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Thinking of Gombrich

IS THERE AN ARTIST ANYWHERE who does not have Ernst Gombrich [1] on the shelf? Art and Illusion, Meditations on a Hobby Horse, or—my favorite—The Sense of Order are perennial staples in the studio. If there is room for only one book, The Essential Gombrich fills the bill. His The Story of Art is a stock item in libraries across the country.

Imagine my surprise, then, when I came across this footnote in Norman F. Cantor’s riveting Inventing the Middle Ages: The Lives, Works, and Ideas of the Great Medievalists of the Twentieth Century:

I have to admit that I must be almost alone in not learning anything of importance from the writings of (Aby) Warburg’s other famed student, Ernst H. Gombrich, who strikes me as largely a retailer of superficial psychological and aesthetic bromides.

Ouch! I winced when I read that. Drawing learned distinctions between Erwin Panofsy—whom Cantor admires—and Gombrich is above my pay grade. I can only say how much pleasure I have taken in such comments by Gombrich as this:

The notorious tag ‘I don’t know anything about art but I know what I like’ is habitually held up to ridicule in books on art appreciation. It may yet become the cornerstone on which a new art can be built.

That appeared in his essay “The Vogue of Abstract Art,” which was originally published under the title “The Tyranny of Abstract Art” in 1956. [The later title is his own. The original one was written by his editor.] It appeals to me because it leaves a door open to individual sensibility, personal taste. It avoids—no, discards—the effort to locate the aesthetic worth of an artwork in some determining theory of what art is. Or ought to be. Theories come and go. Intellectual fashions raise their skirts and let them down again across the generations.

Certain of Gombrich’s anecdotes—the ones that refer specifically to the decade of his writing—are necessarily dated but readers can substitute their own more timely models. When he comments on the nature of cartooning, for example, he mentions Bill Maudlin, a name known today only to the elderly or buffs of cartoon history. But a contemporary reader can easily substitute other names: Michael Ramirez, Gary Trudeau, Gary Larson, Robert Crumb, Dana Summers, and a list too long to cite. Without getting mired in content, Gombrich was a lively advocate for the cartoonist’s arsenal.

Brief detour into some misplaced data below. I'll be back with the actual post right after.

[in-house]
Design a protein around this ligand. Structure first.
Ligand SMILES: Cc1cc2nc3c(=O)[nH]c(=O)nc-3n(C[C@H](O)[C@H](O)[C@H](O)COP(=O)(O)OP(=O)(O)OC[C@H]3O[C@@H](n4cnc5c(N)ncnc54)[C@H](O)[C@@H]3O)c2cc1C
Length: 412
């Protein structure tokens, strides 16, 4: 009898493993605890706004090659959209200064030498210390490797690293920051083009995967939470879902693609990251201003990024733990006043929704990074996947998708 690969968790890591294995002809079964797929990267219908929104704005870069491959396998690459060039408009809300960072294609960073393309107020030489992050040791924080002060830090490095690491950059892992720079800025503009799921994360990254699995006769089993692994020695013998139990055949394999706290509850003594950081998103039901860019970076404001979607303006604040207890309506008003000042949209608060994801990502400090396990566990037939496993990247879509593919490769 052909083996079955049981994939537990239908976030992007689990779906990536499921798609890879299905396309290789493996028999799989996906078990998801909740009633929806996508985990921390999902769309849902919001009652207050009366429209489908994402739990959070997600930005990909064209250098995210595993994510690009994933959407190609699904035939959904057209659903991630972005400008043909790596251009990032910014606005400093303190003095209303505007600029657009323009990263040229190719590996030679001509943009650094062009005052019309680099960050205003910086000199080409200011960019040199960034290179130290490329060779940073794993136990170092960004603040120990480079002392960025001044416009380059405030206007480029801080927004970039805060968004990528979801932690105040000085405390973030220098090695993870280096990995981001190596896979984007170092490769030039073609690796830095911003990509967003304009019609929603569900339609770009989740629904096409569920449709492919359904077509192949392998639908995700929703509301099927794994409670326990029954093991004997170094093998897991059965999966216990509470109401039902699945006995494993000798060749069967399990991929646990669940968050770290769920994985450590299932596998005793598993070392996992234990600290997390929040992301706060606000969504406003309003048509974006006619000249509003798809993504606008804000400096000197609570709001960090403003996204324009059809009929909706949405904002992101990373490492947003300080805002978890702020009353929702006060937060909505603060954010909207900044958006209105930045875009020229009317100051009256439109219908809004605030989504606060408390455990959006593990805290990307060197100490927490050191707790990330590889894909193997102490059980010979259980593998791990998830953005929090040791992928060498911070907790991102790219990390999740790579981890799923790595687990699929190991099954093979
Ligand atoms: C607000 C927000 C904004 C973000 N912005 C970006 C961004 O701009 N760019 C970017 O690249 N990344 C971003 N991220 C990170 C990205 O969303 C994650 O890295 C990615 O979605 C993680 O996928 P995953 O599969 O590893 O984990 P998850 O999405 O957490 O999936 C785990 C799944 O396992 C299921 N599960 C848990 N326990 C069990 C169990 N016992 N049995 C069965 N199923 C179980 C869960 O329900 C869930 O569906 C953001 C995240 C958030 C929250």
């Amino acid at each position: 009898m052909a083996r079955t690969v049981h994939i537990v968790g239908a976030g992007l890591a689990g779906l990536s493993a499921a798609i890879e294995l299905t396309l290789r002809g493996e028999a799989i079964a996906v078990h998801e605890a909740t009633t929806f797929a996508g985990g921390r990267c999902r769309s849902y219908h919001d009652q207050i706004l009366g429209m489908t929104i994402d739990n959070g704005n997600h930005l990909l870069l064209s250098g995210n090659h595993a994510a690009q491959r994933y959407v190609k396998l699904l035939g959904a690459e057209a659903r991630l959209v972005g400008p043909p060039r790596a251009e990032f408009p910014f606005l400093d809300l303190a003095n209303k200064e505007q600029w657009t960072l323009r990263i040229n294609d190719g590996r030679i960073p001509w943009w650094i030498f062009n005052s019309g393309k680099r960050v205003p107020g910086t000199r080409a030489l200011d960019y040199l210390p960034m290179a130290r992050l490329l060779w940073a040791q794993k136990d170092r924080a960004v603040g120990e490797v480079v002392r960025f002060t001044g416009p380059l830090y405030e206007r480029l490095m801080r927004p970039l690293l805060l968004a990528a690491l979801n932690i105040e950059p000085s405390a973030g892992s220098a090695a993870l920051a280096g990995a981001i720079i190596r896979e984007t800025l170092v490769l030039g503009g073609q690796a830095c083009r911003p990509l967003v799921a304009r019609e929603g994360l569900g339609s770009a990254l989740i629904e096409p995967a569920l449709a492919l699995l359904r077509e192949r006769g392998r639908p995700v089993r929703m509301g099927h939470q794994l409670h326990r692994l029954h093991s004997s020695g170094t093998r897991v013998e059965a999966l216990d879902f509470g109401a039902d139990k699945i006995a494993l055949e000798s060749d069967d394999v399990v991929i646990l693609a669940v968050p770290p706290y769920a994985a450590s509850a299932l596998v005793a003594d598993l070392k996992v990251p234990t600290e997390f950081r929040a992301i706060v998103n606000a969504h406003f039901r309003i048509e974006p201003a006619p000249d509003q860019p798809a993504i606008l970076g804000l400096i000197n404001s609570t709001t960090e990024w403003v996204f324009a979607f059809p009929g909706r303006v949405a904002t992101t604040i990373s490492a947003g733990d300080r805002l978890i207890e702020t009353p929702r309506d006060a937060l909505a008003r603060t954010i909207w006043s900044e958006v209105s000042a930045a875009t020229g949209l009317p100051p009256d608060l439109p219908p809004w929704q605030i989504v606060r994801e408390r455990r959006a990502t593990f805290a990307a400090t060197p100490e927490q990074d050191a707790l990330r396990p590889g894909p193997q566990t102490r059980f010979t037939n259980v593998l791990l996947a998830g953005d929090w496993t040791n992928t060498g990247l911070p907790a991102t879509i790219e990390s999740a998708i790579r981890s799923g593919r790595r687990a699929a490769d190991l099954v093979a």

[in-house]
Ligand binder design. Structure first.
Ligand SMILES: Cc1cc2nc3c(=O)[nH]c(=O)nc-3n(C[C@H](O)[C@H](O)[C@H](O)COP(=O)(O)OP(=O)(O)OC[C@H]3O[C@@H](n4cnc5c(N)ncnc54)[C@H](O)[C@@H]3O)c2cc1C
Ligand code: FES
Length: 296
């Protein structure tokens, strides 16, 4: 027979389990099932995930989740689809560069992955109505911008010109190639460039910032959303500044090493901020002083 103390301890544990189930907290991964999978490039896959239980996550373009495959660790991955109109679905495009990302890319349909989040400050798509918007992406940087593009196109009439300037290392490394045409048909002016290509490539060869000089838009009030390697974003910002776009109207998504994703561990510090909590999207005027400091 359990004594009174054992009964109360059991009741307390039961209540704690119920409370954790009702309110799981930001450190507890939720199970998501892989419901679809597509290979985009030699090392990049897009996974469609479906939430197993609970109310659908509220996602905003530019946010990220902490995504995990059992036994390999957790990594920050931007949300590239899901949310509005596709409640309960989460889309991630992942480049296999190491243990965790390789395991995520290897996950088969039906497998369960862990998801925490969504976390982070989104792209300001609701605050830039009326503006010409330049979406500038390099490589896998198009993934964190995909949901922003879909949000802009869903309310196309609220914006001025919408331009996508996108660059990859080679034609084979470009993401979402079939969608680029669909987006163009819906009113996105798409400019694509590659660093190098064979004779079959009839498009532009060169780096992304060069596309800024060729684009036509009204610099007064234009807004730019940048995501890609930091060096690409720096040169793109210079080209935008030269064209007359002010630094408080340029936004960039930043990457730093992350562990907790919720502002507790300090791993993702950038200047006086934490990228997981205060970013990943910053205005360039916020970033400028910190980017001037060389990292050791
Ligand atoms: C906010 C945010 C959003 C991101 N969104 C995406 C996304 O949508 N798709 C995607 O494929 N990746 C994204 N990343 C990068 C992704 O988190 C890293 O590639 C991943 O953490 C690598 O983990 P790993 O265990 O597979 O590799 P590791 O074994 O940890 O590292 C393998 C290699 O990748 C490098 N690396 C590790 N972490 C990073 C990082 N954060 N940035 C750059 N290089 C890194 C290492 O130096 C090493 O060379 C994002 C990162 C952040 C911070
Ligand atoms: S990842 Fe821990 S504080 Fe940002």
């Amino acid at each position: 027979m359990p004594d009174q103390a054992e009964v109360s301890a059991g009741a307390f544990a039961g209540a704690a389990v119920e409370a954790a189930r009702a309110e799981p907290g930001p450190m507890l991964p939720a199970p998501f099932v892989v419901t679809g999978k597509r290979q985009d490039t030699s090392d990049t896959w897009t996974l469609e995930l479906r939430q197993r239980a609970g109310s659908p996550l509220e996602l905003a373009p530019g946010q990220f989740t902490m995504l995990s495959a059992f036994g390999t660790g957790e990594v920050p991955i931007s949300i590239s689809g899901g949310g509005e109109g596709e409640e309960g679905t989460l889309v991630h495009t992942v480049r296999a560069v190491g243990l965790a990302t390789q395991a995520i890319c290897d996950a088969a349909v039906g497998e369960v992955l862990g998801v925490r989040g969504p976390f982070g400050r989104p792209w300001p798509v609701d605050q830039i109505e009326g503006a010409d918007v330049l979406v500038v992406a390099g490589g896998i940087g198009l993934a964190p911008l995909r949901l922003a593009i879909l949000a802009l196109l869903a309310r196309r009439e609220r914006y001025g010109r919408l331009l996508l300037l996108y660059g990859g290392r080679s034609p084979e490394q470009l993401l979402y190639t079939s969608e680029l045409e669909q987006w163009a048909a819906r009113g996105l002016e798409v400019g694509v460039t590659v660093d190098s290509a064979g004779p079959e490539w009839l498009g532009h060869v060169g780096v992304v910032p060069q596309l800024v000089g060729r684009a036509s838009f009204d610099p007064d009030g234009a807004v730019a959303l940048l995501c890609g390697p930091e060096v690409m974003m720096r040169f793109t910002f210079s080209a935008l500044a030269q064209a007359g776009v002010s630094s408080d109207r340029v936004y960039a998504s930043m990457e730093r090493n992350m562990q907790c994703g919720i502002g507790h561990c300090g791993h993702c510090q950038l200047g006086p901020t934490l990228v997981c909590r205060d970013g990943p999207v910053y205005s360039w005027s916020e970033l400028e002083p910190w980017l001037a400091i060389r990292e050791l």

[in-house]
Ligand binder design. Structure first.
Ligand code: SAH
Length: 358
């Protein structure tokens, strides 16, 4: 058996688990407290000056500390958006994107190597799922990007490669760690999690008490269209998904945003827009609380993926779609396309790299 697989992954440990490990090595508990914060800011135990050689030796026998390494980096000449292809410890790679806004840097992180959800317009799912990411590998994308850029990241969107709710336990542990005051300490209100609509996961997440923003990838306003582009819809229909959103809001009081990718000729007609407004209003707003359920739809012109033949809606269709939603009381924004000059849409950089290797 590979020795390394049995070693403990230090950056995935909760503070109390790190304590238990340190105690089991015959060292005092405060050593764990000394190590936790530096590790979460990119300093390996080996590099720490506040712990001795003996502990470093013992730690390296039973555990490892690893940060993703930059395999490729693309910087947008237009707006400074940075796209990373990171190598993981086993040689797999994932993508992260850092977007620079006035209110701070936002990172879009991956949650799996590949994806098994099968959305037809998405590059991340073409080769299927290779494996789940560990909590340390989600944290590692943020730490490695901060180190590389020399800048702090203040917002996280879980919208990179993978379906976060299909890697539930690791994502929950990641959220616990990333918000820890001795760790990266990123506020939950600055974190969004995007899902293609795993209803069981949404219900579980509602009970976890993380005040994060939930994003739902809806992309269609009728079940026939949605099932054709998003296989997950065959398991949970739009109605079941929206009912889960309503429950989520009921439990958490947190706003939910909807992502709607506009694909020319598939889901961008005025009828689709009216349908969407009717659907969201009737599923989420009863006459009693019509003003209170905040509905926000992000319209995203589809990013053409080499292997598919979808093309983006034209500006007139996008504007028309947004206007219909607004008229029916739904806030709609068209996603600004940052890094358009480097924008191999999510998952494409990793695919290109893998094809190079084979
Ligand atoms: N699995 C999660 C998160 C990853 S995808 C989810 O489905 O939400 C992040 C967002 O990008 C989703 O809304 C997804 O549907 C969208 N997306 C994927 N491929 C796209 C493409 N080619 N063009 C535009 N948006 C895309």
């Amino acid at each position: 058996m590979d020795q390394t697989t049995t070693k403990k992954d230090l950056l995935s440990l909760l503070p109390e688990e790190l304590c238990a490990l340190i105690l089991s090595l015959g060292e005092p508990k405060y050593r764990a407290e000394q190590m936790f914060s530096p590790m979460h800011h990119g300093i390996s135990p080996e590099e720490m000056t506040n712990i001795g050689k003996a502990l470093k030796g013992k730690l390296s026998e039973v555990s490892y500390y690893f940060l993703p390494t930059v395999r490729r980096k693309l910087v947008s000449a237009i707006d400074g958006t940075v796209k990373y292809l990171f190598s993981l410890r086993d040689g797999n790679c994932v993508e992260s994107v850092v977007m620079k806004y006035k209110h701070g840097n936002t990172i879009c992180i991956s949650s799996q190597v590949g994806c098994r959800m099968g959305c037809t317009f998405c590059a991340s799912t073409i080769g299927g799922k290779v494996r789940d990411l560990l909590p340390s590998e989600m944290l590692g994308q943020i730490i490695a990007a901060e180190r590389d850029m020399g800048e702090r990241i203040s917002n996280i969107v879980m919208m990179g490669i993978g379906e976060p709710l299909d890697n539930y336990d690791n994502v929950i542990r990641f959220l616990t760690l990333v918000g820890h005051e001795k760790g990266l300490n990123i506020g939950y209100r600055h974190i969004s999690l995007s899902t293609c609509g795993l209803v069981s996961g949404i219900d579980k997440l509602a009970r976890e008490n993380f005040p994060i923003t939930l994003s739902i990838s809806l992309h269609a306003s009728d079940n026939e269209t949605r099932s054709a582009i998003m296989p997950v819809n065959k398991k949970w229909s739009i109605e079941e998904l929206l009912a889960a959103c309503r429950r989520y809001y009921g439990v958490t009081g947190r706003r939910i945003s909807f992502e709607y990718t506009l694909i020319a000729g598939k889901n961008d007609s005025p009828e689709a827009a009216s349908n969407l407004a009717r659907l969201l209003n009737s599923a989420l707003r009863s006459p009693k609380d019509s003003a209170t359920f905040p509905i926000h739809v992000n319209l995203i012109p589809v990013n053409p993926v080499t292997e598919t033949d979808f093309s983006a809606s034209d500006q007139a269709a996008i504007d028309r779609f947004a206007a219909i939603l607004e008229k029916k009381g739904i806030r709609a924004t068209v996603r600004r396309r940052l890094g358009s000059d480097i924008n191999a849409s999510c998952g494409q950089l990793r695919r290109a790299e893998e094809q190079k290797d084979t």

Dana Summers © 2010 Orlando Sentinel

One passage worth repeating in full is from Art and Illusion (1963). His use of the word practice here, is close to the word craft. It is far from the politicized usage current in academia today:

I do think the study of the metaphysics of art should always be supplemented by an analysis of its practice, notably the practice of teaching.

There are few aspects of the past that are more difficult for us to grasp and recapture than the old experience of schooling. . . . Just as the young singer lived in the house of his master and learned and practices scales for many years under his constant supervision, so the painter’s apprentice was delivered into the power of his taskmaster, who saw to it that he spent hours in the exercise of copying the works of the great. “Draw, Antonio, draw, Antonio, draw and do not waste time,” wrote the aged Michelangelo on a sheet of paper to urge a flagging apprentice on. And these words must have echoed all over Europe.

The aim of these exercises was clearly formulated in a seventeenth-century treatise by the German painter Joachim von Sandrart: “When our Understanding issues its well-conceived concepts, and the hand, practiced by many years of industrious drawing, puts them to paper according to reason, the perfect excellence of both the master and his art becomes manifest.”

The product of these exercises was the kind of linear grace that is almost as extinct as the conceptual rigor it represents:

From Ingres' sketchbook


© 2010 Maureen Mullarkey